Less than 10 years ago, those promoting this ideology were shunned not only in the political sphere but also in Hollywood. Yet in 2020, we have seen the mainstream news and entertainment quick to support — if not outright adopt — Marxist-friendly content and personalities.
In some cases, Marxist content is adopted through the premise of race or social issues. In other cases, it comes with the denial that Antifa is more than an idea — and a violent one at that.
However, whether it is done to survive a culture war, cancellation or otherwise avoid risking the wrath of consumer groups, media outlets are rolling out the red carpet for Marxist ideology, albeit reshaped itself to appear palatable for the 21st century audience.
We saw the same with Islamism, which went from leaning on religious supremacy to marking itself as a vulnerable minority group at risk of oppression.
The latest promotion of this ideology comes courtesy of Warner Bros TV, which just signed a deal with the self-proclaimed “trained Marxist” Patrisse Cullors. In 2013, Cullors co-founded Black Lives Matter (BLM). In 2015, Cullors confirmed in an interview that she is a “trained Marxist.”
The proposed show follows a trend of big media contributing to the psychological unraveling of shared codes of law and social norms, which (whether intended or not) soften the public to accept an alternate ideology.
For example, the new Amazon show White Slaves reverses racial discrimination while openly relishing in ideological vulgarity and human depravity. Another Amazon show, The Boys, posits a world where heroes are subverted by rogue vigilantes desperate for justice taking their place.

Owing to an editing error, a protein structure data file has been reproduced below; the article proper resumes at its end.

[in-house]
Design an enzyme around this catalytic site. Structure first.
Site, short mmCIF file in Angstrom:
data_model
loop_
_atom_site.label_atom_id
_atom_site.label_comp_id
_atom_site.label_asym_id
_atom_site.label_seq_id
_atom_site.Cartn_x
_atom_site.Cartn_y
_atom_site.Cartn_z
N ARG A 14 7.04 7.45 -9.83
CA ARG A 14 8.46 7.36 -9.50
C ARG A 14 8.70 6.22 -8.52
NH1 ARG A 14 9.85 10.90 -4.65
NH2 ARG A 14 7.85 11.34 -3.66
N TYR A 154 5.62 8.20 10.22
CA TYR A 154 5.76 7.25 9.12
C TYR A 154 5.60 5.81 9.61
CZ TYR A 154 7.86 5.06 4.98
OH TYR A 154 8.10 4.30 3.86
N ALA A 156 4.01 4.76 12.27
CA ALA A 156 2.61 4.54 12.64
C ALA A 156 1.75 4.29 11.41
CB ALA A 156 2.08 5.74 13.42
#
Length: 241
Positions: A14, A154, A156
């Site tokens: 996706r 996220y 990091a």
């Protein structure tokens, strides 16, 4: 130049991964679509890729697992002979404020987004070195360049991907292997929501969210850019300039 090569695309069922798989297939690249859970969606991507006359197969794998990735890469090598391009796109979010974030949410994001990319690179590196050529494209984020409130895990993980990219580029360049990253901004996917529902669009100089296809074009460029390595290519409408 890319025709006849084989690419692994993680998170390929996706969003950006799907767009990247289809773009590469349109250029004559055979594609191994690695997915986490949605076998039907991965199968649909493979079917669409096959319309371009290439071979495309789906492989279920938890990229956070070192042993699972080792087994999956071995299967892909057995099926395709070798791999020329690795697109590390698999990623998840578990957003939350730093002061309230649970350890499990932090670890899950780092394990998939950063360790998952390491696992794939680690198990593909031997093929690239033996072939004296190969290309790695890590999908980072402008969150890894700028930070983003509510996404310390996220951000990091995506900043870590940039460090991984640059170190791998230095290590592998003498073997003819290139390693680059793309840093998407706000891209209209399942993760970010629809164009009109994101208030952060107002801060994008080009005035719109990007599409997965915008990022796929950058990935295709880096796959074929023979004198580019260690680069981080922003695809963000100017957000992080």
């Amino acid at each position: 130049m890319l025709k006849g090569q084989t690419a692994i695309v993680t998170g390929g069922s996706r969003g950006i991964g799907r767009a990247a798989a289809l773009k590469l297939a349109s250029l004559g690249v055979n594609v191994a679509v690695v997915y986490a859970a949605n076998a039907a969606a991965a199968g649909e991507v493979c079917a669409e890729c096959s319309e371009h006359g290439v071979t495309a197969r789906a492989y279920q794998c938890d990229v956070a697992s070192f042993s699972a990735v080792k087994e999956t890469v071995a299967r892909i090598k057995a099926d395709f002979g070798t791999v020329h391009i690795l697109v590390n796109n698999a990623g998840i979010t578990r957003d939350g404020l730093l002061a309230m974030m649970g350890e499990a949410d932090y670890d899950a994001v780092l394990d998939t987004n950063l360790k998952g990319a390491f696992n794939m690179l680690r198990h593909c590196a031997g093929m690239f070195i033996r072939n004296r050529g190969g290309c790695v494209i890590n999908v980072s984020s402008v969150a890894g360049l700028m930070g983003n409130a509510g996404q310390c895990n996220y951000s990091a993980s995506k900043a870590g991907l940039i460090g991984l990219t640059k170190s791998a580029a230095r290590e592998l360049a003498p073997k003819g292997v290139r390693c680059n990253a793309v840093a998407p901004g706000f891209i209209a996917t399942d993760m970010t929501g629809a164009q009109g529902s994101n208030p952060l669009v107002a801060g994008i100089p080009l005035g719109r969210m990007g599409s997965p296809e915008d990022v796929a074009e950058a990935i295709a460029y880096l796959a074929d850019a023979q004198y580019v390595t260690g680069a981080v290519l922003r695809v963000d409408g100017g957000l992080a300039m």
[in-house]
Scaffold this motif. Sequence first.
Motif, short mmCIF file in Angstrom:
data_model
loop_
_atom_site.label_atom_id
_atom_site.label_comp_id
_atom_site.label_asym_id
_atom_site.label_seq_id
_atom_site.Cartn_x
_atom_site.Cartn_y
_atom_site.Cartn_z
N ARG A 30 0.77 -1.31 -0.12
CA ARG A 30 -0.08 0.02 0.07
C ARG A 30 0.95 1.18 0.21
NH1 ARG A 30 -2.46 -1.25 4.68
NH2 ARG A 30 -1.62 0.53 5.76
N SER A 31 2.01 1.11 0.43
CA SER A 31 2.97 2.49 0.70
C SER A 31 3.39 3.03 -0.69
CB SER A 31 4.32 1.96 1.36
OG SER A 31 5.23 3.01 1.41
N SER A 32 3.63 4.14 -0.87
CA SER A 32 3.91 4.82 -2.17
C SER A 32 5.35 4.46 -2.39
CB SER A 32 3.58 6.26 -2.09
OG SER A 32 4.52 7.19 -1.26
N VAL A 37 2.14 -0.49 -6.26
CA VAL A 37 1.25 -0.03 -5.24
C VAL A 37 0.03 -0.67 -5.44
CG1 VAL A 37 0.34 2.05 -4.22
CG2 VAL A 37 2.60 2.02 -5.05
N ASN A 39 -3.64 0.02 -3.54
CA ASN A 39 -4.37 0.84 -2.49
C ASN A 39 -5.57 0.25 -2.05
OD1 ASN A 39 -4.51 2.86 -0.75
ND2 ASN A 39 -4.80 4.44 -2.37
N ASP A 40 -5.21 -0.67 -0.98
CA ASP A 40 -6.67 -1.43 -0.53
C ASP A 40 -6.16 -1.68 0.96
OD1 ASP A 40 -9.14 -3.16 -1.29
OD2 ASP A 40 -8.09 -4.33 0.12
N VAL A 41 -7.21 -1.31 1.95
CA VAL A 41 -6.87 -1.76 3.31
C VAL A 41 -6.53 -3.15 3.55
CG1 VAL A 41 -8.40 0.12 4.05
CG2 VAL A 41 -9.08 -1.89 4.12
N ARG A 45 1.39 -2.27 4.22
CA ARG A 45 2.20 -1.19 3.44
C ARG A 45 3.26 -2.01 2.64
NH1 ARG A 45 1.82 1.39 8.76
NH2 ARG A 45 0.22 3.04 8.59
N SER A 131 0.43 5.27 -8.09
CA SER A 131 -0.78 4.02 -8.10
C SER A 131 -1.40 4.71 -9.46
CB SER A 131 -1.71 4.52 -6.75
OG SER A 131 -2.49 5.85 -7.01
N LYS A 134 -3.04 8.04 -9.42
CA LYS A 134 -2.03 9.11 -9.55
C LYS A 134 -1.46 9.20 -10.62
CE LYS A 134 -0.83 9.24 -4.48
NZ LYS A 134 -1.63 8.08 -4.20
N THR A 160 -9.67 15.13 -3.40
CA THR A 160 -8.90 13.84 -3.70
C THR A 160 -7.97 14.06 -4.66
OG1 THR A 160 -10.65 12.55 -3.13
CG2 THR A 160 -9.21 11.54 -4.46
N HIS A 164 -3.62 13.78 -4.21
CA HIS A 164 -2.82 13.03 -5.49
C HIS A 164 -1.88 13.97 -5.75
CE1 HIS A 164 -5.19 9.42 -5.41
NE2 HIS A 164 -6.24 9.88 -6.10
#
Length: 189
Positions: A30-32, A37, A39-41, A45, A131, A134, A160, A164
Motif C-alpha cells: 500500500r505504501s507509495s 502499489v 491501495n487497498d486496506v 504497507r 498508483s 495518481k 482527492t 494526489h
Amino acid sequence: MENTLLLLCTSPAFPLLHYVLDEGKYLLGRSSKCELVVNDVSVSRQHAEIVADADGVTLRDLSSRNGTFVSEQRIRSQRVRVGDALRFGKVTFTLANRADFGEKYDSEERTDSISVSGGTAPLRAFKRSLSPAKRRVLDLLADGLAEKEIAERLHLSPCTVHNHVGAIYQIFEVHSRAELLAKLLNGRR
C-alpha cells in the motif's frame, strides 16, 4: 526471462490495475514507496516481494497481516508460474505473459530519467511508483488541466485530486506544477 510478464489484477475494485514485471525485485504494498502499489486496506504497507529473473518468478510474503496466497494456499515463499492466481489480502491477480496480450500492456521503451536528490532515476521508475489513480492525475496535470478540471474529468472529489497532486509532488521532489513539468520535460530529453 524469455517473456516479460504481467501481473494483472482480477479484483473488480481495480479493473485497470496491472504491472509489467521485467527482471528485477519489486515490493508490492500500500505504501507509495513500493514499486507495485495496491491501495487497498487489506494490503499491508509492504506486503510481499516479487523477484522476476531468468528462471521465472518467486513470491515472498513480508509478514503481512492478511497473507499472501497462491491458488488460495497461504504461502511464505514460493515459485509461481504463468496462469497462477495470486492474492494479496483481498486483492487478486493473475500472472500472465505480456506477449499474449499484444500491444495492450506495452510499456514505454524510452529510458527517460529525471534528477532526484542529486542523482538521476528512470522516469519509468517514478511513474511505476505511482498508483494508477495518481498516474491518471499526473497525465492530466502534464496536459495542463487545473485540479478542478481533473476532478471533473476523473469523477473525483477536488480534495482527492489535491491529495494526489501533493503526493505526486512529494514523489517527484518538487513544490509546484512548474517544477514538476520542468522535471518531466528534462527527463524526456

These shows are not so different from the real world where terrorists like the Boston bomber Dzhokhar Tsarnaev are featured on the cover of The Rolling Stone magazine; Islamists and antisemites like Linda Sarsour, who invoke the language of resistance to justify their agenda, are feted by universities and others; and newspapers of record like The New York Times devotes thousands of column inches to arguments against the right to free speech.
Clarion recently explored how the media is becoming a social contagion for radicalization, meaning that repeat exposure to an idea activates absorption and acceptance.
In addition, we explored how all of these trends may be part of a push toward cultural hegemony. Whether or not we label this cultural Marxism can be debated. However, what cannot be debated is the fact that Marxism has always sought to gain control of the “organs of culture” including newspapers, magazines, media and so forth.
The question remains: Are what we are seeing by these industries an attempt to appease a consumer base and stay viable in a culture that has become dependent on virtue signaling as a means of marketing, or is it coming from a real ideological agenda?